Introduction to trading psychology: A combination of behaviour patterns and investing principles
Trading psychology is an emotional component in the decision-making process, influencing the overall investor behaviour throughout the entire investment process. With the help of stock market psychology, it is easy to classify the kind of investor you are based on your investment behaviour. For instance, you as an investor could be impulsive or patient, flexible or rigid, agile or clumsy, risk-taker or risk-averse, optimistic or pessimistic.
Further, trading psychology tackles prominent emotions such as fear, greed, regret, and hope. According to any given situation, the emotions exhibited by an investor state whether trading is advantageous or disadvantageous. Let us take a look at each of these emotions in a little detail.
Fear of unexpected result
The volatility in the market, unfavourable news about shares you are invested in, could make you apprehensive. As a result, the first reaction could be to square off your position and liquidate your holdings. Here, learning and understanding the psychology of trading could help you to avoid making snap decisions and taking risks by focusing on your trading strategy by studying the stock charts.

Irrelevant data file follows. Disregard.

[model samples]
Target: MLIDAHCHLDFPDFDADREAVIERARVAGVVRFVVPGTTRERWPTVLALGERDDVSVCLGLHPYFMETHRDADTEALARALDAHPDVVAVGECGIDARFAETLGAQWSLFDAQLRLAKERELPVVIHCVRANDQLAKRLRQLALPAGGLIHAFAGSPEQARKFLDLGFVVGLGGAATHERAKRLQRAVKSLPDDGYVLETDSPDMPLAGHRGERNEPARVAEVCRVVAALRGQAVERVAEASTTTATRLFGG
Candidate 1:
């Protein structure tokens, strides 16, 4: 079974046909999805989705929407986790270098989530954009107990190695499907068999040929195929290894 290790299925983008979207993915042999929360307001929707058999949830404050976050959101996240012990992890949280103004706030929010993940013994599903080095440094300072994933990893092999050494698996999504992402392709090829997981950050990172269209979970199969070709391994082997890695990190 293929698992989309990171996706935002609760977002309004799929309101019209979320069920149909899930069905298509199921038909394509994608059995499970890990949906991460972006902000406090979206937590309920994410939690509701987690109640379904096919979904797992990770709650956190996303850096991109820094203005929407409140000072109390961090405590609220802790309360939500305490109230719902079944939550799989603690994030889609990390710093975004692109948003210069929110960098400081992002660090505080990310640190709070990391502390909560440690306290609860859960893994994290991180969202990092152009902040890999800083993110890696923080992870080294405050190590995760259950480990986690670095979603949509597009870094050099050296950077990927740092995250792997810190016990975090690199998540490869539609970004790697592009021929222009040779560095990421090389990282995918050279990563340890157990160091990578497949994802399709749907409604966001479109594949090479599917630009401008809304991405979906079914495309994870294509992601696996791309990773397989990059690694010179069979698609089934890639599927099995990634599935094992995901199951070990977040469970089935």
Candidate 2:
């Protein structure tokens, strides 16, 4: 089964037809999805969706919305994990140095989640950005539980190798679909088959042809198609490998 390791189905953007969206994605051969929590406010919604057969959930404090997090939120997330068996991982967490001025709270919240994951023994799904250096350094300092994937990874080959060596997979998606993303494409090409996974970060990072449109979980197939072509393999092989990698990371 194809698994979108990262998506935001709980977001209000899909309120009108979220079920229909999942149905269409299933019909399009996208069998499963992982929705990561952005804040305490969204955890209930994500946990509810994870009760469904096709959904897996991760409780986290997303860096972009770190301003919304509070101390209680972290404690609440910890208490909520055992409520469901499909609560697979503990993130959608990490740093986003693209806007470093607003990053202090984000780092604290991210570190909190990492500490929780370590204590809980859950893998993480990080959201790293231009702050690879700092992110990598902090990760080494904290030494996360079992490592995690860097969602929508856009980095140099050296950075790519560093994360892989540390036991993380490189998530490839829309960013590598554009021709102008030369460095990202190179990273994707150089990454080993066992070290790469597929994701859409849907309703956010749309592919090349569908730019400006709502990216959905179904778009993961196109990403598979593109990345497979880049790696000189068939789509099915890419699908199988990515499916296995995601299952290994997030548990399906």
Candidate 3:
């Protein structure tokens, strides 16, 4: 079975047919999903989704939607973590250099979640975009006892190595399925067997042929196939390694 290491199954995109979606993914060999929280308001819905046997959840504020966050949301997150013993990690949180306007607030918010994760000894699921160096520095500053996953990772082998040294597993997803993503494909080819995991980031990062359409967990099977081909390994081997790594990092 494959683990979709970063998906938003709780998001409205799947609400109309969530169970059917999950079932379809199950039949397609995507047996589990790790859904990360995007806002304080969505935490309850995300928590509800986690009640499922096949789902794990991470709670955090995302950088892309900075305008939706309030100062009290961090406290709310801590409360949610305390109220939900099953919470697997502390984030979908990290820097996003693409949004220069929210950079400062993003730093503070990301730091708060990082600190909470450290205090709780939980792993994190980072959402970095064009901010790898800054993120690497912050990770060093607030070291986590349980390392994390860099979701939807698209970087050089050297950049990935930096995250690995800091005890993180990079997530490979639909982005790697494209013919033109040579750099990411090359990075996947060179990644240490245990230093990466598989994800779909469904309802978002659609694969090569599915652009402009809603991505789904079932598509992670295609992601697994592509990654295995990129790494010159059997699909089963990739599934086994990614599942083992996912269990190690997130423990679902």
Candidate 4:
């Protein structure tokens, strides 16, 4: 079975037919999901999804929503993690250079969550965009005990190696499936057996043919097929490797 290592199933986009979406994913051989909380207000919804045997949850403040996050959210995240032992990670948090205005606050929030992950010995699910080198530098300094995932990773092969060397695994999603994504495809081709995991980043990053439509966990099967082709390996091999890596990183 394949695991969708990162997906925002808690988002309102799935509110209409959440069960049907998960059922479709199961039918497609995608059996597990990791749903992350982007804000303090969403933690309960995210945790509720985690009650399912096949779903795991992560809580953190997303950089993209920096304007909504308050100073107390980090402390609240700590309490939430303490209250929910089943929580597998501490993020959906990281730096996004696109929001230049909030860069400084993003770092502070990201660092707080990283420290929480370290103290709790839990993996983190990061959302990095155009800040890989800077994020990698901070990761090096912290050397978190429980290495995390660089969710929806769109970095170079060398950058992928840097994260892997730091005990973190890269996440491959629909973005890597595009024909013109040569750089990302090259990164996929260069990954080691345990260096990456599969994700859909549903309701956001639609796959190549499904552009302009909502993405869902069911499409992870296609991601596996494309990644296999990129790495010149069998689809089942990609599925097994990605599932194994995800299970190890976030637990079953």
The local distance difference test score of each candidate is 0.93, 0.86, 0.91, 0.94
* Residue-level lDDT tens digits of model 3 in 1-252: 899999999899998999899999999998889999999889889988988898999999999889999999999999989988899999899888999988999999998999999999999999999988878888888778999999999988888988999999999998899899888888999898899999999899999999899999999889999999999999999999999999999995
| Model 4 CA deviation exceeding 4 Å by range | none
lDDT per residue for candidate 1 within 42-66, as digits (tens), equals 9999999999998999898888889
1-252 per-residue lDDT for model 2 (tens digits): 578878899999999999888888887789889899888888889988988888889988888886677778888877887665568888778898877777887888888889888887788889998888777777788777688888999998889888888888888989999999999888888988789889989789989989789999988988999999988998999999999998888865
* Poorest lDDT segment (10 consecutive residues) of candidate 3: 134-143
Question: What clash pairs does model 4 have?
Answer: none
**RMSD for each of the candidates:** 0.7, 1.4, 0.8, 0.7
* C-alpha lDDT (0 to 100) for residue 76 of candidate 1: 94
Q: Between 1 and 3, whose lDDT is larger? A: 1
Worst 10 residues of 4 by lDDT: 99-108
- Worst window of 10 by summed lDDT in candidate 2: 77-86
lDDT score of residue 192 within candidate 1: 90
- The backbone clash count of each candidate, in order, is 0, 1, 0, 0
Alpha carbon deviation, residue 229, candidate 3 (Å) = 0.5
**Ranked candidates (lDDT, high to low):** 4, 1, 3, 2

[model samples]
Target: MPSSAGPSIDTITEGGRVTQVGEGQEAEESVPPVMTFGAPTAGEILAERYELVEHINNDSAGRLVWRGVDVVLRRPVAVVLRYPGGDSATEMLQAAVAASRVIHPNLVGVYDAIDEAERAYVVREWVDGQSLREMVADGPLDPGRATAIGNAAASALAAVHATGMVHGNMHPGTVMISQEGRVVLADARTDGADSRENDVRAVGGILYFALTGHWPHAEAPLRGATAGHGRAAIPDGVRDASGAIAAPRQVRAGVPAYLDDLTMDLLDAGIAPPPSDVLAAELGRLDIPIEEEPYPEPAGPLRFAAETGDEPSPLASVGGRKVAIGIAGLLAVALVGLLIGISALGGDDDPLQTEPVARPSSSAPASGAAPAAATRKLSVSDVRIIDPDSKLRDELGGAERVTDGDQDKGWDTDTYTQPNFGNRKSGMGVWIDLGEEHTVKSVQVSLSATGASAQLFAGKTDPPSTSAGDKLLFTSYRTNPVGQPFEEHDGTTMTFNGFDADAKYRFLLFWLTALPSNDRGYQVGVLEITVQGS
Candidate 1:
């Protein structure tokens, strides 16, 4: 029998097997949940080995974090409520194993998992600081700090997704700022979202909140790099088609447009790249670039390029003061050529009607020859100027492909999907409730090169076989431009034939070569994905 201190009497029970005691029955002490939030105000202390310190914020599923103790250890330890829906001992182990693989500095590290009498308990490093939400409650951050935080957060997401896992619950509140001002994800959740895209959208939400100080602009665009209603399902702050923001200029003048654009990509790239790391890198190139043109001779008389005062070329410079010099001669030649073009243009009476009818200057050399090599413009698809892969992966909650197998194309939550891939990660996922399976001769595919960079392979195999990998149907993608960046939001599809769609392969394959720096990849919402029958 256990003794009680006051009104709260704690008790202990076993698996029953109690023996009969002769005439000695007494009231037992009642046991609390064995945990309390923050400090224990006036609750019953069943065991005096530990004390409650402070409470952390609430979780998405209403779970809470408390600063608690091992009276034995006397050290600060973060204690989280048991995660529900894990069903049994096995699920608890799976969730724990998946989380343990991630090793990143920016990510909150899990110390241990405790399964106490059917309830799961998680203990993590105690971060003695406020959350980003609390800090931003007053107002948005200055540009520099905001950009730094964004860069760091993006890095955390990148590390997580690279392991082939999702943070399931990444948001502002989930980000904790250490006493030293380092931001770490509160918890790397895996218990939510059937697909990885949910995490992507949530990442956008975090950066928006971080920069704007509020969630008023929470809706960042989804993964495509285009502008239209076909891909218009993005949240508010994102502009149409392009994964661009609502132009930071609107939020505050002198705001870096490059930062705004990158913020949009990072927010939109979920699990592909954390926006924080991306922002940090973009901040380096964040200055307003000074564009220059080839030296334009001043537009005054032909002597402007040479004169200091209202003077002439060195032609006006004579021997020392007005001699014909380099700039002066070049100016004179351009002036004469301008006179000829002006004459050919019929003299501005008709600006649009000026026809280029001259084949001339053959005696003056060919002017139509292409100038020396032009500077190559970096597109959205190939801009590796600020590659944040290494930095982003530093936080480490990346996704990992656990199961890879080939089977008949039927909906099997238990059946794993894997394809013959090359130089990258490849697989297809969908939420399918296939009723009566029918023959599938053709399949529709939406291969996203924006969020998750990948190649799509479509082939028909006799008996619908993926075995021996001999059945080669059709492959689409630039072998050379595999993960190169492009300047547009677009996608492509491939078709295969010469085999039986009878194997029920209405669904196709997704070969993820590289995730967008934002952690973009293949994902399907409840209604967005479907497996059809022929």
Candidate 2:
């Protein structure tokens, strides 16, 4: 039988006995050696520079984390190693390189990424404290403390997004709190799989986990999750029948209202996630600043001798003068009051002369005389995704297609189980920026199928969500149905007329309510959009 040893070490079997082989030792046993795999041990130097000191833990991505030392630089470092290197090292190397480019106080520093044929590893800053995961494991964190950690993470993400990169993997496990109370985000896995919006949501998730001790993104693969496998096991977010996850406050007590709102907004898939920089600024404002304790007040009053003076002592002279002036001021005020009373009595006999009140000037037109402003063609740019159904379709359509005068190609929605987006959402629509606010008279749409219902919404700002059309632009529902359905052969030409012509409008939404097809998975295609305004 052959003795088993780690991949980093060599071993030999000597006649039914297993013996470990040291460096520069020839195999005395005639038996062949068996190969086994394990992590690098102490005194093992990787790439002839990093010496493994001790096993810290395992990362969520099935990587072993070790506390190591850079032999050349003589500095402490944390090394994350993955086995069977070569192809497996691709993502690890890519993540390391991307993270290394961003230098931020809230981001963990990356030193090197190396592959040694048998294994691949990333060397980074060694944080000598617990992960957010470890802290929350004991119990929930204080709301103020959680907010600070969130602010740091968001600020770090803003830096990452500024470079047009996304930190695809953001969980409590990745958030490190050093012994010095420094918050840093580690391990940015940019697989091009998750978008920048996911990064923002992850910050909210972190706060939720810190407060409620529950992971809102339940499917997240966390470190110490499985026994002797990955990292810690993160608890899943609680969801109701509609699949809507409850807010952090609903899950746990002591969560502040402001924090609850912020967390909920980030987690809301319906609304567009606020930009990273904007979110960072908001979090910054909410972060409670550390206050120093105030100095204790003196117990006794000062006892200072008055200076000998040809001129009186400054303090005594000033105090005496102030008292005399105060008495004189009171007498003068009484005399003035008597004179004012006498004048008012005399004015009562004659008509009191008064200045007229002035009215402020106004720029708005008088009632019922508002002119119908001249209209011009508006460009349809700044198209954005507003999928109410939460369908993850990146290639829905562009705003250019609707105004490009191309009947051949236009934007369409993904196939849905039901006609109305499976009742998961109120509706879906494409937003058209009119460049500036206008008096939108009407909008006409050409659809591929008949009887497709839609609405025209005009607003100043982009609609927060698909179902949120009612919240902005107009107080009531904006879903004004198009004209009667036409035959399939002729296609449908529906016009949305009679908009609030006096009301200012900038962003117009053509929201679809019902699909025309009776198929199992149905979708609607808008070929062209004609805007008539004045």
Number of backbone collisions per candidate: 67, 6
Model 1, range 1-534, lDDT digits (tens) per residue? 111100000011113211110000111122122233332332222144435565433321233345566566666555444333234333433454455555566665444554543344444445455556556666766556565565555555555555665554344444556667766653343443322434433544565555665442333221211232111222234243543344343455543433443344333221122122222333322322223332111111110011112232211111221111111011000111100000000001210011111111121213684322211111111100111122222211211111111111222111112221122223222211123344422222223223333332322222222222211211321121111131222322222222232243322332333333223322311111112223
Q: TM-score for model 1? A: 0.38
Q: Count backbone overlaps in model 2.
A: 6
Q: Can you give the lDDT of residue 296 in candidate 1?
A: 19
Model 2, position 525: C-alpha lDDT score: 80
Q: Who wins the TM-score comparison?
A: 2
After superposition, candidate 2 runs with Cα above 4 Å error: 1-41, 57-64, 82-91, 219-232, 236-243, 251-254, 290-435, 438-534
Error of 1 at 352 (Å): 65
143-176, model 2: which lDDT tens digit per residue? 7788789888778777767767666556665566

Greed for profit
The urge to earn more profit could take you away from a fundamentally or technically advisable profitable position. This emotion becomes so overpowering that you might not behave rationally. The delusion of earning highly attractive profits could result in a high-risk decision that might leave you in deep losses.
Regret for lost opportunity
Regret is a never-ending emotion. No trader is completely satisfied in the stock market at the end of the trading day. Even if you have earned an attractive return, you might feel that you have lost the opportunity to earn more in the stock market.
As a result, with this emotion, you might end up placing wrong trades. In order to make up for the damage or perceived damage caused by this emotion, you might also end up buying shares impulsively and increase the risk of encountering a huge loss.
Hope for better
Though hope is a positive emotion, this emotion might backfire while trading in the stock market. There is a thin line between hope and being practical when it comes to investing in stock markets. Strongly anticipating the result in your favour might force you to make wrong decisions.
With a deeper understanding of the psychology of trading, you might be able to determine the level of success and expected return by bringing about a change in your investment habits and emotions.
However, if these emotions seem too difficult to handle to you, it is best to stick to relatively safer investment avenues like mutual funds. Moreover, you can seek help from a trusted advisor to chart a financial plan unique to your situation.